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Cytokine responsiveness of CD8(+) T cells is a reproducible biomarker for the clinical efficacy of dendritic cell vaccination in glioblastoma patients.

  • Author(s): Everson, Richard G
  • Jin, Richard M
  • Wang, Xiaoyan
  • Safaee, Michael
  • Scharnweber, Rudi
  • Lisiero, Dominique N
  • Soto, Horacio
  • Liau, Linda M
  • Prins, Robert M
  • et al.
Abstract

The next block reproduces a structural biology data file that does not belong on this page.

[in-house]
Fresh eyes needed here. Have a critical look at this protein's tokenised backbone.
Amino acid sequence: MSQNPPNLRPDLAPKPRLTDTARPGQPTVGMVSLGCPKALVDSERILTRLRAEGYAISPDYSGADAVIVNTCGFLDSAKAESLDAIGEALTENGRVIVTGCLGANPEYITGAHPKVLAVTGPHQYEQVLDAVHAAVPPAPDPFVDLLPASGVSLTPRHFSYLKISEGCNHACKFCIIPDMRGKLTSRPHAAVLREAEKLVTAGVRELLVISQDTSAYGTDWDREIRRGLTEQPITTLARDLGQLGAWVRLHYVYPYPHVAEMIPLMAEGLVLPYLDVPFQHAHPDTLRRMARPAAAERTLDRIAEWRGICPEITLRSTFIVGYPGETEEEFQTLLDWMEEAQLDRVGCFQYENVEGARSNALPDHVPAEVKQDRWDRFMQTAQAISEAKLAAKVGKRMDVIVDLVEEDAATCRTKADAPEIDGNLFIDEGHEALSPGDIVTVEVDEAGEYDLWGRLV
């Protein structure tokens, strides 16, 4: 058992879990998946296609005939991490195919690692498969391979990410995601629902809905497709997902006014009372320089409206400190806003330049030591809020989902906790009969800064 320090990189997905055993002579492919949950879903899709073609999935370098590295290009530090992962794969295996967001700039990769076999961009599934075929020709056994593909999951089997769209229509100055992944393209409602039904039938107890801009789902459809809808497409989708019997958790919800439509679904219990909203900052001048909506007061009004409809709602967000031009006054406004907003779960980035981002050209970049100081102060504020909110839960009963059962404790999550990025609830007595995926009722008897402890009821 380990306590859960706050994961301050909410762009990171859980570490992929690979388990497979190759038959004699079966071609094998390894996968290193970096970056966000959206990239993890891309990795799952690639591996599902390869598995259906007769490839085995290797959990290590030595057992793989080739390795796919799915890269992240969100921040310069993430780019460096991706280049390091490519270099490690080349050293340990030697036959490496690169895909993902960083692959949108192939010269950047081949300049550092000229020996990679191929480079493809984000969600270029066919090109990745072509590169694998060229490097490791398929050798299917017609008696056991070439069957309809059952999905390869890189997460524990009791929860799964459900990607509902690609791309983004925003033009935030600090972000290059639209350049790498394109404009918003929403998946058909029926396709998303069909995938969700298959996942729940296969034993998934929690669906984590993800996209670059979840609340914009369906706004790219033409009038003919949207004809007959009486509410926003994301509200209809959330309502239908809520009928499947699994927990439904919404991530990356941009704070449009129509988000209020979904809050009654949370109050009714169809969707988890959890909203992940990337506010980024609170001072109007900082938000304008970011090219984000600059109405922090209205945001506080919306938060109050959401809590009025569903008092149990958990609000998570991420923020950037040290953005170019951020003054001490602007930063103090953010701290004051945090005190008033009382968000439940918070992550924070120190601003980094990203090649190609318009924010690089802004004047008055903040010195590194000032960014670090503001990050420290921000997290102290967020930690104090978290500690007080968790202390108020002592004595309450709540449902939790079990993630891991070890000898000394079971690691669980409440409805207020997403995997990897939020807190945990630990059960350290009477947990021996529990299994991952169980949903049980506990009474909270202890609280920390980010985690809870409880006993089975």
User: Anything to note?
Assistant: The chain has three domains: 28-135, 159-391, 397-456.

BACKGROUND:Immunotherapeutic approaches, such as dendritic cell (DC) vaccination, have emerged as promising strategies in the treatment of glioblastoma. Despite their promise, however, the absence of objective biomarkers and/or immunological monitoring techniques to assess the clinical efficacy of immunotherapy still remains a primary limitation. To address this, we sought to identify a functional biomarker for anti-tumor immune responsiveness associated with extended survival in glioblastoma patients undergoing DC vaccination. METHODS:28 patients were enrolled and treated in two different Phase 1 DC vaccination clinical trials at UCLA. To assess the anti-tumor immune response elicited by therapy, we studied the functional responsiveness of pre- and post-vaccination peripheral blood lymphocytes (PBLs) to the immunostimulatory cytokines interferon-gamma (IFN-γ) and interleukin-2 (IL-2) in 21 of these patients for whom we had adequate material. Immune responsiveness was quantified by measuring downstream phosphorylation events of the transcription factors, STAT-1 and STAT-5, via phospho-specific flow cytometry. RESULTS:DC vaccination induced a significant decrease in the half-maximal concentration (EC-50) of IL-2 required to upregulate pSTAT-5 specifically in CD3(+)CD8(+) T lymphocytes (p < 0.045). Extended survival was also associated with an increased per cell phosphorylation of STAT-5 in cytotoxic T-cells following IL-2 stimulation when the median post/pre pSTAT-5 ratio was used to dichotomize the patients (p = 0.0015, log-rank survival; hazard ratio = 0.1834, p = 0.018). Patients whose survival was longer than two years had a significantly greater pSTAT-5 ratio (p = 0.015), but, contrary to our expectations, a significantly lower pSTAT-1 ratio (p = 0.038). CONCLUSIONS:Our results suggest that monitoring the pSTAT signaling changes in PBL may provide a functional immune monitoring measure predictive of clinical efficacy in DC-vaccinated patients.

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